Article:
January 28, 2014
Astronomer Discovers Hydrogen River Flowing Into Nearby Galaxy
April Flowers for redOrbit.com - Your Universe Online
What might be a never-before-seen river of hydrogen flowing through space has been discovered by West Virginia University astronomer, D.J. Pisano, using the National Science Foundation's (NSF) Robert C. Byrd Green Bank Telescope (GBT).
A study, published in the Astronomical Journal, reveals that this river is a faint, very tenuous filament of gas, which is streaming into the nearby galaxy, NGC 6946. Understanding this may help explain how certain spiral galaxies keep up their steady pace of star formation.
“We knew that the fuel for star formation had to come from somewhere. So far, however, we’ve detected only about 10 percent of what would be necessary to explain what we observe in many galaxies,” said Pisano. “A leading theory is that rivers of hydrogen – known as cold flows – may be ferrying hydrogen through intergalactic space, clandestinely fueling star formation. But this tenuous hydrogen has been simply too diffuse to detect, until now.”
Typical spiral galaxies, such as our own Milky Way, maintain a steady, yet tranquil, pace of star formation. Galaxies like NGC 6946—located approximately 22 million light years from Earth on the border of the constellations Cepheus and Cygnus—have more active star formation. They are, however, less active than more extreme starburst galaxies. Scientists have questioned what fuels the sustained star formation in NGC 6946 and others like it.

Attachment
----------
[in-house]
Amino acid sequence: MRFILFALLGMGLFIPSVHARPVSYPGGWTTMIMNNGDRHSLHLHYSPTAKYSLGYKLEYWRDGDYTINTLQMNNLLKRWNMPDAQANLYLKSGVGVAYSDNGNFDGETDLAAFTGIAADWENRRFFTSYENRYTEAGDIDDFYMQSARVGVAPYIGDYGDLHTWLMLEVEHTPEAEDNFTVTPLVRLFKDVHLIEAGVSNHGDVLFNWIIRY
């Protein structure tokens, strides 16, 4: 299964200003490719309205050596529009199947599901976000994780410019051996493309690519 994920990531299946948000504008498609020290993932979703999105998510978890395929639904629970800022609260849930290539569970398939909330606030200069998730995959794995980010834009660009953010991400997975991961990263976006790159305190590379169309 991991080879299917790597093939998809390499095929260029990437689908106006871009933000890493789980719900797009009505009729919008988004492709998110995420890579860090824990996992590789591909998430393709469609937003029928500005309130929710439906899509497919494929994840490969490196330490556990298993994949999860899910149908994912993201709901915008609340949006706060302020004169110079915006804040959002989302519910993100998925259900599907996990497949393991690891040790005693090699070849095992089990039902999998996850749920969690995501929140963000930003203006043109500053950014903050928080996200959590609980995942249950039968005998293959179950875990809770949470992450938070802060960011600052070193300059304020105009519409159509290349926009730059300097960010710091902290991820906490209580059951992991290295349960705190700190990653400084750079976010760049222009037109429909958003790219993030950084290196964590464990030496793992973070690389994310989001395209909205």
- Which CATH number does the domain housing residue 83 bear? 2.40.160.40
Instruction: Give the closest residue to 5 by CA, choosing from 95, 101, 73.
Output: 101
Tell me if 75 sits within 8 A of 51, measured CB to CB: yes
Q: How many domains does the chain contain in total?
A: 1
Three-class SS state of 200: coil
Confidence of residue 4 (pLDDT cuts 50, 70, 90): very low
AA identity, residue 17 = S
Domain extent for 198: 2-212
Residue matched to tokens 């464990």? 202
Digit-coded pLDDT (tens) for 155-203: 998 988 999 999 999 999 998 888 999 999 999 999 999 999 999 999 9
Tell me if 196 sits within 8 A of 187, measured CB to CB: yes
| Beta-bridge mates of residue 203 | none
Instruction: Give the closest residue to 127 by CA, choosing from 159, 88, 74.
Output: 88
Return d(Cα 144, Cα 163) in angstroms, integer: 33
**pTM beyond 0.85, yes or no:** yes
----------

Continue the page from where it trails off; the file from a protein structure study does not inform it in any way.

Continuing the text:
Previous research of the galactic neighborhood surrounding NGC 6946, using the Westerbork Synthesis Radio Telescope (WSRT) in the Netherlands, revealed an extended halo of hydrogen. Such a halo is commonly seen in spiral galaxies and might be formed by hydrogen ejected from the disk of the galaxy by intense star formation and supernova explosions. A completely different source would be necessary for a cold flow of hydrogen—such as gas from intergalactic space that has never been heated to extreme temperatures by a galaxy's star formation or supernova processes.
Pisano used the GBT to detect the glow emitted by neutral hydrogen gas that connects NGC 6946 to its neighboring galaxies—a signal that was simply below the detection threshold of other telescopes. The GBT was able to detect this tenuous radio light because of its unique capabilities, including its immense single dish, unblocked aperture, and location in the National Radio Quiet Zone and the West Virginia Radio Astronomy Zone—which protect the incredibly sensitive telescope from unwanted radio interference.
Astronomers have long held the theory that larger galaxies might obtain a constant influx of cold hydrogen by siphoning it from less-massive companions. Using GBT to examine NGC 6946, Pisano detected exactly the sort of filamentary structure that would be present in a cold flow. Another possible explanation does exist, however--that sometime in the past this galaxy passed close enough to its neighbors to leave a ribbon of neutral atomic hydrogen in its wake.
If the "ships passing in the night" theory were correct, however, there should be a small but observable population of stars in the filaments. Further research is needed to confirm the nature of this observation. Pisano hopes the findings will shine light on the possible role that cold flows play in the evolution of galaxies.